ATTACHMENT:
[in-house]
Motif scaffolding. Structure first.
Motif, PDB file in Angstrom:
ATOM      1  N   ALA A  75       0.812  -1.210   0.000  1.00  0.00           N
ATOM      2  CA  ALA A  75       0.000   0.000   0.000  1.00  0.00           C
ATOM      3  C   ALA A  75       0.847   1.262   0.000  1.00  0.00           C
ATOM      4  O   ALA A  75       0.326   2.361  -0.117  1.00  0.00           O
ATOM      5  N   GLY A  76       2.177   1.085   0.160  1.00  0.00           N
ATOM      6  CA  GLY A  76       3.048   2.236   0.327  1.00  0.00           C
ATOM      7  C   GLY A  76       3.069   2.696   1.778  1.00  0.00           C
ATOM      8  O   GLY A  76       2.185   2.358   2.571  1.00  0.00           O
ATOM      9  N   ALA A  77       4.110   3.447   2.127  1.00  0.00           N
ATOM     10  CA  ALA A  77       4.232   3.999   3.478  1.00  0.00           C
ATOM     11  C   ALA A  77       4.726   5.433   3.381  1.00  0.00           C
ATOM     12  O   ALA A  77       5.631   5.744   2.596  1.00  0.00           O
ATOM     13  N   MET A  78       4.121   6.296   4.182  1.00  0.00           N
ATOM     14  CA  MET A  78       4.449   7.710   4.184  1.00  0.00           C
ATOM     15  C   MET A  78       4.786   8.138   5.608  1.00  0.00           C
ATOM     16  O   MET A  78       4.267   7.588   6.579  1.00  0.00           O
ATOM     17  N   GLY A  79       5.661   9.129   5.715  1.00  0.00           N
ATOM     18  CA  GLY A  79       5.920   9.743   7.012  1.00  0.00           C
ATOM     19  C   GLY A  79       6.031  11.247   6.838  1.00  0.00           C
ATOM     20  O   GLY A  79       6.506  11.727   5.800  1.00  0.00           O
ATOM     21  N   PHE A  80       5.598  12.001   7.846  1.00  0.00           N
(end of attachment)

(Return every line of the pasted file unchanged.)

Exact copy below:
[in-house]
Motif scaffolding. Structure first.
Motif, PDB file in Angstrom:
ATOM      1  N   ALA A  75       0.812  -1.210   0.000  1.00  0.00           N
ATOM      2  CA  ALA A  75       0.000   0.000   0.000  1.00  0.00           C
ATOM      3  C   ALA A  75       0.847   1.262   0.000  1.00  0.00           C
ATOM      4  O   ALA A  75       0.326   2.361  -0.117  1.00  0.00           O
ATOM      5  N   GLY A  76       2.177   1.085   0.160  1.00  0.00           N
ATOM      6  CA  GLY A  76       3.048   2.236   0.327  1.00  0.00           C
ATOM      7  C   GLY A  76       3.069   2.696   1.778  1.00  0.00           C
ATOM      8  O   GLY A  76       2.185   2.358   2.571  1.00  0.00           O
ATOM      9  N   ALA A  77       4.110   3.447   2.127  1.00  0.00           N
ATOM     10  CA  ALA A  77       4.232   3.999   3.478  1.00  0.00           C
ATOM     11  C   ALA A  77       4.726   5.433   3.381  1.00  0.00           C
ATOM     12  O   ALA A  77       5.631   5.744   2.596  1.00  0.00           O
ATOM     13  N   MET A  78       4.121   6.296   4.182  1.00  0.00           N
ATOM     14  CA  MET A  78       4.449   7.710   4.184  1.00  0.00           C
ATOM     15  C   MET A  78       4.786   8.138   5.608  1.00  0.00           C
ATOM     16  O   MET A  78       4.267   7.588   6.579  1.00  0.00           O
ATOM     17  N   GLY A  79       5.661   9.129   5.715  1.00  0.00           N
ATOM     18  CA  GLY A  79       5.920   9.743   7.012  1.00  0.00           C
ATOM     19  C   GLY A  79       6.031  11.247   6.838  1.00  0.00           C
ATOM     20  O   GLY A  79       6.506  11.727   5.800  1.00  0.00           O
ATOM     21  N   PHE A  80       5.598  12.001   7.846  1.00  0.00           N